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Kids With Food Allergies Get Alternative Option for Enjoying Halloween

Trick-or-treat will be observed in municipalities throughout the county from 6 to 8 p.m., Tuesday, Oct. 31. Instead of the traditional door-to-door search for treats, Northwest Emergency Medical Services is offering an alternative at its facilities in Elizabethtown and Manheim. The emergency services provider is participating in the Teal Pumpkin Project, offering a no-food alternative for children with food allergies or sensitivities.

“Food allergies are prevalent in our society. It’s not just nuts; some people have a reaction to items made with gluten, milk, or eggs. The goal of our event is to allow kids to experience the joy and tradition of trick-or-treating on Halloween, to normalize their lives,” explained Lori Shenk, Northwest EMS community outreach manager. “Some parents are also concerned about the amount of sugar their kids may have if they go door-to-door trick-or-treating, so everyone is welcome at our event.”

Each child attending the Teal Pumpkin event will receive an allergy-free toy and coloring book, as well as an opportunity to select an item from a trick-or-treat bucket. Information about Northwest EMS outreach projects and brochures from FARE about food allergies will be available for parents.

Trick-or-Treat is also about costumes. Volunteers at the event will be costumed, and Shenk said some Northwest EMS staff may also dress up.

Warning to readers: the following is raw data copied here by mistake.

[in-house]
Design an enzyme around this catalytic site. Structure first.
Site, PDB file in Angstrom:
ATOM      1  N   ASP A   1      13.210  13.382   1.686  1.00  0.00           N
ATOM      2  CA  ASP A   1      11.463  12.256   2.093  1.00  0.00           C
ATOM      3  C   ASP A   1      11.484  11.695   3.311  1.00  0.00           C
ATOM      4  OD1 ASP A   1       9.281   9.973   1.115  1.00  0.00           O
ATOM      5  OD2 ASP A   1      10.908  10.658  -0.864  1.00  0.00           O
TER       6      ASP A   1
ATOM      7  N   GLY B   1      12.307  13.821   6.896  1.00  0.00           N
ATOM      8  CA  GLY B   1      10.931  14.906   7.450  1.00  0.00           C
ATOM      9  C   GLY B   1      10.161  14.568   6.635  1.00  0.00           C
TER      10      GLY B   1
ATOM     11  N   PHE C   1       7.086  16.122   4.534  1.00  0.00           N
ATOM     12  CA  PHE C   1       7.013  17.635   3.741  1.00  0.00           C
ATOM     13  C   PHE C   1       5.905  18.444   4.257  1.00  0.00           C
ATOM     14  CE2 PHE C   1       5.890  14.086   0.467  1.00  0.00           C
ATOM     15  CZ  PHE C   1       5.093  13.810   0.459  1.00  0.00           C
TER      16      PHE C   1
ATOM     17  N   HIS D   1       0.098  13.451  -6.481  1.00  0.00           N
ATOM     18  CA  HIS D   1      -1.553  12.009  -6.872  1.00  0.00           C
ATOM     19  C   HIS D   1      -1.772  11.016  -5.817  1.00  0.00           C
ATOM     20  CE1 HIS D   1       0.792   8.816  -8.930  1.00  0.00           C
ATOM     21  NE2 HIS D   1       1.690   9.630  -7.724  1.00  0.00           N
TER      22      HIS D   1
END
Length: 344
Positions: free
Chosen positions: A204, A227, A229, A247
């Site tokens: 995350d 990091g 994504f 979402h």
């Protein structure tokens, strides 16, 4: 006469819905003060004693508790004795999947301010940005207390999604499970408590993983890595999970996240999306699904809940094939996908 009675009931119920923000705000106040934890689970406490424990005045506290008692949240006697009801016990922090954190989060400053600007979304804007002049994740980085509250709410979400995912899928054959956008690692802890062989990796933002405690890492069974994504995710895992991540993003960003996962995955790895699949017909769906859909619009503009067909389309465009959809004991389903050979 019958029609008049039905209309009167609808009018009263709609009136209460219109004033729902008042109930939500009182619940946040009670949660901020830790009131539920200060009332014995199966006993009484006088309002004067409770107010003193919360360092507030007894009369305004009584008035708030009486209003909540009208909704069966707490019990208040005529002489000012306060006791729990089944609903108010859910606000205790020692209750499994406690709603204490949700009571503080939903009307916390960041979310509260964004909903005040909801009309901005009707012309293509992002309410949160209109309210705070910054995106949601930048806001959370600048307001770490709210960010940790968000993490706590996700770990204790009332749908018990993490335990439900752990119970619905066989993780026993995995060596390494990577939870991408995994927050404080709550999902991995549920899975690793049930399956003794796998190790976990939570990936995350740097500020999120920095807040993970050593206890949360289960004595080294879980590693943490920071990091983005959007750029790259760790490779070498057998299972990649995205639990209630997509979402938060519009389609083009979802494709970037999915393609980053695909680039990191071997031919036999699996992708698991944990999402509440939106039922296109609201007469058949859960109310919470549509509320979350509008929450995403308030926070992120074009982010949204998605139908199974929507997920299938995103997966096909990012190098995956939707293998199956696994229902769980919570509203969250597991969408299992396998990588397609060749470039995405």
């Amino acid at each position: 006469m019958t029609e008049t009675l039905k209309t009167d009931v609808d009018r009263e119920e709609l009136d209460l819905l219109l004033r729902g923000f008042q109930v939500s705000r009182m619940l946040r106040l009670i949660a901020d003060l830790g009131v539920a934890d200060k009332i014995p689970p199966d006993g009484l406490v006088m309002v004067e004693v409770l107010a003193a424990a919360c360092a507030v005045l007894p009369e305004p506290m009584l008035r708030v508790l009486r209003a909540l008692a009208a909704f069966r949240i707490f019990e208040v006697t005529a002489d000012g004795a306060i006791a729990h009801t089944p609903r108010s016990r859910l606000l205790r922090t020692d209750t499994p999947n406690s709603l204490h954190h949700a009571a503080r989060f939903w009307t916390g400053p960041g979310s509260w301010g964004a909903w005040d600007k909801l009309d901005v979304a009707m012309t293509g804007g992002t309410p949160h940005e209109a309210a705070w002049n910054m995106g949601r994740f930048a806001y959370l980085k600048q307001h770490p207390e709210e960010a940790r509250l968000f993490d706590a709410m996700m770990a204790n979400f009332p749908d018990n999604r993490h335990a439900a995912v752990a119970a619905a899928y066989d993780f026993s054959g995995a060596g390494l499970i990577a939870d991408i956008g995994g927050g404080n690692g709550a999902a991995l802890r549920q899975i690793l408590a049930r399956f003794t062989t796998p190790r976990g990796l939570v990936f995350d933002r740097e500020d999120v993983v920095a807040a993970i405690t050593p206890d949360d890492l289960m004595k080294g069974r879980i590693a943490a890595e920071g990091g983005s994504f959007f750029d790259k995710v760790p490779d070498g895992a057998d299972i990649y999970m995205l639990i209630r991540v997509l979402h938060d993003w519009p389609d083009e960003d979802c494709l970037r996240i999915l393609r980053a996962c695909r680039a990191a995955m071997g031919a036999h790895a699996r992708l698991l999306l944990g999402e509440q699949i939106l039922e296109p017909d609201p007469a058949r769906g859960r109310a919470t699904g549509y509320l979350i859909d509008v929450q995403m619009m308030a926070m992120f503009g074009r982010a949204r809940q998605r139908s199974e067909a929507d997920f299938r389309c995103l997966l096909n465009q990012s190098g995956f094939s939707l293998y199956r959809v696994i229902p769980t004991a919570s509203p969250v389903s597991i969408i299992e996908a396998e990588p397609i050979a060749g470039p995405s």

The Teal Pumpkin Project is a nationwide endeavor of FARE (Food Allergy Research & Education). Shenk said she learned about the initiative last year, but it was too close to Halloween to coordinate an event.

“All of the community outreach programs that we host have an educational focus,” she said. “We promote health and safety.”

Shenk pointed out that FARE’s website, foodallergy.org, is packed with information about food allergies. A like to the organization’s Teal Pumpkin Project also allows access to an interactive map that shows homes and organizations participating in the Teal Pumpkin Project.

She reached out to area businesses for support of the project. Ben Burkholder, a Bainbridge farmer, donated 35 pumpkins and two bales of straw to be used as decorations. WellSpan Family Medicine Manheim provided coloring books, while Union Community Bank donated piggy banks. A number of other businesses donated funds toward the project.

While the Teal Pumpkin Project event is new this year for Northwest EMS, Shenk said the organization plans to continue its tradition of distributing candy in residential areas.

“A number of businesses donate candy for us to distribute. We appreciate those donations,” she said, “Our staff uses the candy distribution as a way of getting to know residents and offering them a peek at the inside of an ambulance.”

Anyone who wants more information about the Northwest EMS Teal Pumpkin Project event, may contact Lori Shenk at 717-371-8282.

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